Cosegregation of short REM latency with other polysomnographic abnormalities and with increased frequency of depression is consistent with previous work (11, 21, 30, 35). In a study of unaffected relatives, Schreiber et al. (30) did not find baseline REM dysregulation; yet earlier REM sleep onset was documented when a cholinergic probe was used. In another study from the same group, slow wave sleep deficits were also observed (35). The confluence of slow wave sleep deficits and REM sleep dysregulation supports the contention that sleep parameters, in aggregate, can meaningfully discriminate major depression from other psychiatric conditions (9, 10).
Finally, our findings suggest marked "familiality" of polysomnographic measures. Although the frequency of short REM latency among relatives of probands with short REM latency is greater, the frequency of short REM latency was 20%–23.9% in the normal comparison group. This finding in normal subjects underscores the familial influence on sleep and weakens the notion that a single polysomnographic measure constitutes a definitive marker for depression. The substantial difference in short REM latency between case and comparison suggests that REM latency is an important marker but cannot stand alone. Polysomnographic abnormalities must be considered in the context of psychiatric history in family of origin. Factors that also influence onset of depression include other measures of sleep, stressful life events, and nonsleep familial factors. Identification and prospective follow-up of at-risk individuals are crucial to documenting the physiological factors that precede the first expression of major depression and provide more direct tests of etiological influences. Determination of risk factors that are differentially related to onset and morbidity in the course of depression as a function of family of origin is a promising focus of ongoing research. Prospective documentation of the clinical course of susceptible individuals can estimate the cumulative weight of these etiologically relevant factors.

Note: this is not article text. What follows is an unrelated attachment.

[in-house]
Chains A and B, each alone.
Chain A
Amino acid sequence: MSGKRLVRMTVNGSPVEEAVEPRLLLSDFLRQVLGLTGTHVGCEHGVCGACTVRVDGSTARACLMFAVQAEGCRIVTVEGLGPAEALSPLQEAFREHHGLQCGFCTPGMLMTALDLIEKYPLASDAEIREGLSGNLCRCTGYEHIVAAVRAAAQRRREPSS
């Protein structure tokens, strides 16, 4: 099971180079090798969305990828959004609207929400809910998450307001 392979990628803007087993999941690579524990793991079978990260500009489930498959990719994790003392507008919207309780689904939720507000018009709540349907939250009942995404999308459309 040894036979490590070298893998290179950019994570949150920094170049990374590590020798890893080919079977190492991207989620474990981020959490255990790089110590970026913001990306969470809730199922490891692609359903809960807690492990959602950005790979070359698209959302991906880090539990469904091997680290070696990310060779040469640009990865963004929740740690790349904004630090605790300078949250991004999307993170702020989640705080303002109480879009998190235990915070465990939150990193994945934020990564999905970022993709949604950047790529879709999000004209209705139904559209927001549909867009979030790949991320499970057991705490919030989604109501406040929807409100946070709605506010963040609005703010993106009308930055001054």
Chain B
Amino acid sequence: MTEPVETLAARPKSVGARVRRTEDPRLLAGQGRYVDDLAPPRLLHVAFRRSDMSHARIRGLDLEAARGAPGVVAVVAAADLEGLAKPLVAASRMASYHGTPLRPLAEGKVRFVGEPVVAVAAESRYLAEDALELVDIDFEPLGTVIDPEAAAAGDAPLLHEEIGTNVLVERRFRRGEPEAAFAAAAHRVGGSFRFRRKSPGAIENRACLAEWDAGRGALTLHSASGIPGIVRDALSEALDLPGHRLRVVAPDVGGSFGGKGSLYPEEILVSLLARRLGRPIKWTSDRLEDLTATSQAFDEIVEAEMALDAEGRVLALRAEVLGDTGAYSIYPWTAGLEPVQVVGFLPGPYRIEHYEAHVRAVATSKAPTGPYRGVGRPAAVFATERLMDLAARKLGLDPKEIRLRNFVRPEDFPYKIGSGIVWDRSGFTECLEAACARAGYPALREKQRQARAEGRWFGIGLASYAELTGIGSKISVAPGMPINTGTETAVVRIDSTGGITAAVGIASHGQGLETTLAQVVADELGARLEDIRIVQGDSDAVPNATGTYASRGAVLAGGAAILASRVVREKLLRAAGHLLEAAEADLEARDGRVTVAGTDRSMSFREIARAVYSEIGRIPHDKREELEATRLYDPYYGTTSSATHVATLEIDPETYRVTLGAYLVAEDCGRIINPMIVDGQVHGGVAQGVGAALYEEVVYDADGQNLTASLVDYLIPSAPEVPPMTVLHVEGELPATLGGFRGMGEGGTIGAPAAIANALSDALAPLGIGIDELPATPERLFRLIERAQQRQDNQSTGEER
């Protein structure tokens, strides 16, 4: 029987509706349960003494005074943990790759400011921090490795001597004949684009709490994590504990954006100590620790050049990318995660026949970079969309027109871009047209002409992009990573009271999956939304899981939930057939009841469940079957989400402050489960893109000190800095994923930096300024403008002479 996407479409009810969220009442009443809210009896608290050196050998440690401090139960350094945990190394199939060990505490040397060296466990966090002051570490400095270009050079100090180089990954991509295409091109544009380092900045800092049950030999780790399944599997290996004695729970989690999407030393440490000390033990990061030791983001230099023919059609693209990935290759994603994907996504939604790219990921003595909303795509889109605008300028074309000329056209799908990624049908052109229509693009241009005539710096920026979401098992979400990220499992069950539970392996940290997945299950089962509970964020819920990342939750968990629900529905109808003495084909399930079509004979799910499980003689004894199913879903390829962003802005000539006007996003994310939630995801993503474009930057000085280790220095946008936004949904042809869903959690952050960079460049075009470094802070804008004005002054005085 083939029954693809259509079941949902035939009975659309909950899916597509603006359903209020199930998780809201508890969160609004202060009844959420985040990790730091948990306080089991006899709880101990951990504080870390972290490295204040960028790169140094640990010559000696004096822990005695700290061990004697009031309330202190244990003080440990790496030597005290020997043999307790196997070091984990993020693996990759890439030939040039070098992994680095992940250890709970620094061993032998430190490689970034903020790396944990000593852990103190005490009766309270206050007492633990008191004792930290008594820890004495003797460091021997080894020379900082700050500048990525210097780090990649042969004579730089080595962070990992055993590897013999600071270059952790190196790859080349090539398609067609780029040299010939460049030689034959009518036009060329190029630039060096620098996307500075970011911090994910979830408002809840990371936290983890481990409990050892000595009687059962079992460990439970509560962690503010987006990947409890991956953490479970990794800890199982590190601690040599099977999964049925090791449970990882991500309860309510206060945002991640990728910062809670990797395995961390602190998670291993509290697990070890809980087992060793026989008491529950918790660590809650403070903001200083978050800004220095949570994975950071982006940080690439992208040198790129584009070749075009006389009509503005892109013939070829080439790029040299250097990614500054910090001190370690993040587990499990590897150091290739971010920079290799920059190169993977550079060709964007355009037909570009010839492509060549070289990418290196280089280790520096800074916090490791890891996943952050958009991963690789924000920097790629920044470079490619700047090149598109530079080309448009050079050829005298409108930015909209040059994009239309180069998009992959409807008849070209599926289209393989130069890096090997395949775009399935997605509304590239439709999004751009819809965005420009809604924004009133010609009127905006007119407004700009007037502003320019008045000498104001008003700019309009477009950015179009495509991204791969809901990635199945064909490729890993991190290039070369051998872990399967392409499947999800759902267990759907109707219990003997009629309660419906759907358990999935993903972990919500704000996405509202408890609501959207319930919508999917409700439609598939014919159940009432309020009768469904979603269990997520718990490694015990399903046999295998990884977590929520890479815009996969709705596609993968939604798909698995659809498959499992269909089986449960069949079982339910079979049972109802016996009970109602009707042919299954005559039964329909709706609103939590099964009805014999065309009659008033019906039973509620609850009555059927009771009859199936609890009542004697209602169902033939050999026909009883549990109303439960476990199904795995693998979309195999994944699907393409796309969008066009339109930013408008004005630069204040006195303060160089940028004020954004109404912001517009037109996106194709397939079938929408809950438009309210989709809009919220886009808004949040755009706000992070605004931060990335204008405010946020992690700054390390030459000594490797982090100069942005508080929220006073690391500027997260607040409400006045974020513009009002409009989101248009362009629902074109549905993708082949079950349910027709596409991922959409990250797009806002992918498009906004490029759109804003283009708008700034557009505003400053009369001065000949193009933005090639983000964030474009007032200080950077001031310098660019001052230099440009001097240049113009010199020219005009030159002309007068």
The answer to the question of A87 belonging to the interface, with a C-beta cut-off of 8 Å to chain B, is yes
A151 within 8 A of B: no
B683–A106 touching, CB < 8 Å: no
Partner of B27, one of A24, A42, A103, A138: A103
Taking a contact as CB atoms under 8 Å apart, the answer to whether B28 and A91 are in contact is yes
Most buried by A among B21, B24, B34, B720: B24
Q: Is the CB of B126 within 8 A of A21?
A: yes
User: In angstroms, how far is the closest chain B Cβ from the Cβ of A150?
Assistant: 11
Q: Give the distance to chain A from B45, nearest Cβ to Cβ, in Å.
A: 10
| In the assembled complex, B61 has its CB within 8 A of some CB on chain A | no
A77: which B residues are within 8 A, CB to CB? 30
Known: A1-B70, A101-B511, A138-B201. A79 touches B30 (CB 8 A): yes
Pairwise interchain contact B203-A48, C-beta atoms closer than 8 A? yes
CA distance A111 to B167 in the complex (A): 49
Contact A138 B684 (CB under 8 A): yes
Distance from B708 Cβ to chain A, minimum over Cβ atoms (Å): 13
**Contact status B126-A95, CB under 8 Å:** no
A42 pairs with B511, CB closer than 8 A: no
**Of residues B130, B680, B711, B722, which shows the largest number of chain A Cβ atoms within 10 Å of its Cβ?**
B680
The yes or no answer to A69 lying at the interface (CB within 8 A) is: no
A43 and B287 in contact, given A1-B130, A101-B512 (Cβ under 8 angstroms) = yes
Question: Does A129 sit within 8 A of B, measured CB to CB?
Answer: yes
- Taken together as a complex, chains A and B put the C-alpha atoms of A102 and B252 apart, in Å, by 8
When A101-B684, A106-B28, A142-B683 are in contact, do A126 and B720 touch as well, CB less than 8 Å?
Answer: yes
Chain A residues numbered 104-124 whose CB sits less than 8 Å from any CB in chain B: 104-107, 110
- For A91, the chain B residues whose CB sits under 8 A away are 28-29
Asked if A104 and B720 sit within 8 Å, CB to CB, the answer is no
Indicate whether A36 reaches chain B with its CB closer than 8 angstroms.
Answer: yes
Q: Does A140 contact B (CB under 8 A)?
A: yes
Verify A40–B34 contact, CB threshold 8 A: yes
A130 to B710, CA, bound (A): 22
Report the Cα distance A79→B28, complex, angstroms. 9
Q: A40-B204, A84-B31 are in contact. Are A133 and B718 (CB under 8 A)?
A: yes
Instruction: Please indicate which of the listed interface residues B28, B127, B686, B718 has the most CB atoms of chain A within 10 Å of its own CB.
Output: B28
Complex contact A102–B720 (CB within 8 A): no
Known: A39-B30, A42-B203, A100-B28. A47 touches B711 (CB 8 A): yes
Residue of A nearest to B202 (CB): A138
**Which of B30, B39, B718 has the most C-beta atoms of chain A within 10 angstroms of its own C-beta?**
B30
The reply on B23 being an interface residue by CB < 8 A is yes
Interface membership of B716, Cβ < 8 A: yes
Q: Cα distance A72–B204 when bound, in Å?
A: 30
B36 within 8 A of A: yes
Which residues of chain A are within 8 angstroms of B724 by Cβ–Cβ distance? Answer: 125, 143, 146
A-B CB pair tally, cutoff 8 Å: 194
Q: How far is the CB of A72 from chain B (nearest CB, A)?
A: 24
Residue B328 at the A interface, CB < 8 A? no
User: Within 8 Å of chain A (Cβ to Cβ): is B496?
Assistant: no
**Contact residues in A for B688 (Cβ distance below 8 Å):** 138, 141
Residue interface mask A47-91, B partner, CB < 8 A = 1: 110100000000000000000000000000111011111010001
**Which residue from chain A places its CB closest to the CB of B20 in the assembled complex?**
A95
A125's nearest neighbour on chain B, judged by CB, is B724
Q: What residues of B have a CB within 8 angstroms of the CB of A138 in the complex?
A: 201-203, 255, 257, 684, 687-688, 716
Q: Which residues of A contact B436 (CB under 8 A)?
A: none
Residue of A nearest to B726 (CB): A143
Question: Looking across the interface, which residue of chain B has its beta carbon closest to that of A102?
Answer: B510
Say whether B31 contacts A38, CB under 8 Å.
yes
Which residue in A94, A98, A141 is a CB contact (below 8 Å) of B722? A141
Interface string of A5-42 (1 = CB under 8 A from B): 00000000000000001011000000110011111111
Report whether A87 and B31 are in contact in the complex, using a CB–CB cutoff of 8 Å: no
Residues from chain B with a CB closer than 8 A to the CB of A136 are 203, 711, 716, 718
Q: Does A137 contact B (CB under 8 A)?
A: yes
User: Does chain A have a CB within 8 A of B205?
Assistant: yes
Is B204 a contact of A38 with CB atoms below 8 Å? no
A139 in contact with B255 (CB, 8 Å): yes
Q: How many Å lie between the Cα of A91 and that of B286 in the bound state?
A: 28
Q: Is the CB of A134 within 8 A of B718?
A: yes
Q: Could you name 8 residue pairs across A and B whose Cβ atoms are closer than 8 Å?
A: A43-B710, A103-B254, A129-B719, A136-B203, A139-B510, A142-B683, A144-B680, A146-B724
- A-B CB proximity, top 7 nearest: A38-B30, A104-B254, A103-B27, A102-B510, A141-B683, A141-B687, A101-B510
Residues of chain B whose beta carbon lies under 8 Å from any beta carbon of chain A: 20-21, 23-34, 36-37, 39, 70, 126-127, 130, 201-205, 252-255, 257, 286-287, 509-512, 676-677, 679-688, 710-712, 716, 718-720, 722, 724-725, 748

Received Nov. 15, 1996; revision received April 8, 1997; accepted May 9, 1997. From the Departments of Psychiatry and Neurology, University of Rochester Medical Center; Department of Psychiatry, University of Pittsburgh Medical Center, Pittsburgh; and Department of Psychiatry, University of Texas Southwestern Medical Center, Dallas. Address reprint requests to Dr. Giles, University of Rochester Medical Center, 300 Crittenden Blvd., Rochester, NY 14642; email@example.com (e-mail). S upported by NIMH grants MH-39531, MH-30915, and MH-24652. The authors thank Joel Greenhouse, Ph.D., and David S. Guzick, M.D., Ph.D., for statistical consultation; Janice B. Davis, Priscilla M. Field, and Katie Graffrath for secretarial support; Barbara Etzel, Janyce G. Dyer, D.N.Sc., Judy Lis, R.N., M.S.N., Nancy H. Hoffman, Ph.D., and Joann Matthews for recruitment efforts; Jan Matzzie and her staff for polysomnographic support; USAir for support in bringing the family members together; and the families who participated in this study.